Artists: Daniel Kiczales, Tanja Schlander, Corrie Siegel and Rona Yefman
Venue: Actual Size Gallery, Los Angeles
Dates: Until September 21st, 2013
Actual Size Gallery in Chinatown, Los Angeles, currently exhibits “Borderlands”, a compact yet well-curated show with works by four artists, two of which are Israelis, contemplating the issue of an individual’s confrontation with national and geographical border lines.
Entering the space, the visitor is surrounded by Daniel Kiczales’ and Rona Yefman’s video works, that are facing one another from opposite walls. Kiczales’ work, “The Messenger”, dominates the space with a wall screening, featuring the artist seen from his back, while holding and playing an electric guitar. For an Israeli eye it is not hard to recognize that he is standing on the hill across from the Issawiya neighborhood, a familiar view to all the students at the Hebrew university and Bezalel academy on Mount Scopus.
The eastern prayer of the muezzin overlaps the western sound of his rock notes, at times dominating it, and at times flowing simultaneously in harmony. The artist might be perceived as a secular prophet, standing at the top of the hill, ready to send his peaceful speech. Does this work yields for mutual correspondence, or does it realizes the unbridgeable gap between the neighbors?
Daniel Kiczales, “The Messenger”
Yefman’s work, “Pippi Longstocking in Abu Dis”, presents the female figure of the Swedish child heroine, who tries to bring apart the separation wall between Israel and the Arab villages in the west bank. As if trying to follow the steps of biblical Samson, the red-headed girl is eager to tear down the erected cement monument, while being encouraged and blessed by a Palestinian woman who happens to walk by. Three young men laughs at Pippi’s act, pretending to help her with the impossible mission, and leaving the place only a few seconds afterwards. In an accompanying statement, Yefman mentions she identifies with Pippi Longstocking as her alter-ego, since both are “rebellious with socially subversive ideas”. Watching the video, I couldn’t help but feeling that Yefman criticizes not only those who built the wall, but also those, who are outsiders to the middle-eastern situation, who naively think it can be so easily dismissed.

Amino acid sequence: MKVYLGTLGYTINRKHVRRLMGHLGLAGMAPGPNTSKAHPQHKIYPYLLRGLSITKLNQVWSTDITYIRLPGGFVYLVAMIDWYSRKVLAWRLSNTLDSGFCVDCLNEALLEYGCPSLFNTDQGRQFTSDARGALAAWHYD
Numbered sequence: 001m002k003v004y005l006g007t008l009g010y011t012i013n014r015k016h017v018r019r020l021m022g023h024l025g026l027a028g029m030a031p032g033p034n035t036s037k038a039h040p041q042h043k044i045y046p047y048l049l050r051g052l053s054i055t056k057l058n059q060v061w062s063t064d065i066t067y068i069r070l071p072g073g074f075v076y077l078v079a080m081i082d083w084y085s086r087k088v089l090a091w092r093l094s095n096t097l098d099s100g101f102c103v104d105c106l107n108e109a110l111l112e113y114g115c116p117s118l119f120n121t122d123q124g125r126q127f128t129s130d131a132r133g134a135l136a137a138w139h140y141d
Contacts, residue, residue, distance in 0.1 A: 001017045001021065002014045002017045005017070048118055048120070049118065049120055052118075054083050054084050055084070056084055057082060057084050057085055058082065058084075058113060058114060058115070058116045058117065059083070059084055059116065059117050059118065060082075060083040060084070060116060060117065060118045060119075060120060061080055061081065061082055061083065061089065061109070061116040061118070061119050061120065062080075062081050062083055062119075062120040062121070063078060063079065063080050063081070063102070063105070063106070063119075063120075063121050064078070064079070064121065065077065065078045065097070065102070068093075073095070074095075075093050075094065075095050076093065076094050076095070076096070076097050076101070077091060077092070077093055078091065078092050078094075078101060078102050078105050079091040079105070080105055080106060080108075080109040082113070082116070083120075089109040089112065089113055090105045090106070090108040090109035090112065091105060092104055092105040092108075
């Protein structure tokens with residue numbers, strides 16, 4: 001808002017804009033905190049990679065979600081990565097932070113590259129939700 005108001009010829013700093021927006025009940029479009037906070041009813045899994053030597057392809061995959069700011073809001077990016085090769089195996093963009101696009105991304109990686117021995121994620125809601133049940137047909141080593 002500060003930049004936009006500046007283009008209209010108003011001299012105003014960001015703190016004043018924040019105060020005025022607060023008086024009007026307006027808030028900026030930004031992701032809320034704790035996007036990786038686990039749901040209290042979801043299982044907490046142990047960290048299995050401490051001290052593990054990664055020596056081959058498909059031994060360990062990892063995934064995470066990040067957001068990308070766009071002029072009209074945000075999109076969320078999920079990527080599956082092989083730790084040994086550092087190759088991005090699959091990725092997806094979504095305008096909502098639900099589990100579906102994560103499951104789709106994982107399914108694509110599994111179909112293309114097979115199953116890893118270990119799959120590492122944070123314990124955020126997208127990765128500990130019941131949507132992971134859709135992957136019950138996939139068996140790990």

Rona Yefman, “Pippi Longstocking in Abu Dis”
Collaborator Danish artist, Tanja Schlander, who plays Longstocking in the video, presents “Abu Dis”, a smaller version of her 2009 sound installation, that was conceived while shooting the video with Yefman. An individual visitor is invited to put headphones and listen to sounds of scratching and dragging, while flipping through a booklet with colorful pages, each with a ton that ranges from sunset orange and blue sky to gray cement.
Tanja Schlander, “Abu Dis”
The curator and artist, Corrie Siegel, who initiated the show following a visit in Israel, and more specifically at the recently closed Jaffa 23 art space, where she saw Daniel Kiczales’ work, presents four framed black and white drawings. As if trying to reflect the temporary nature of border marking, Siegel breaks the outlines of the map of Israel, creating a triptych of Rorschach abstractions, which might seem as rockets, bombs and the Star of David. A forth drawing brings to mind a stone that was thrown into water, where the outlines melt like ripples, as if they were seemingly lucid and arbitrary. Siegel is a current fellow in the Six Points Fellowship, a program supporting emerging Jewish artists, by the Foundation for Jewish Culture.
Corrie Siegel, Israel x 8 Rorschach
Corrie Siegel, Israel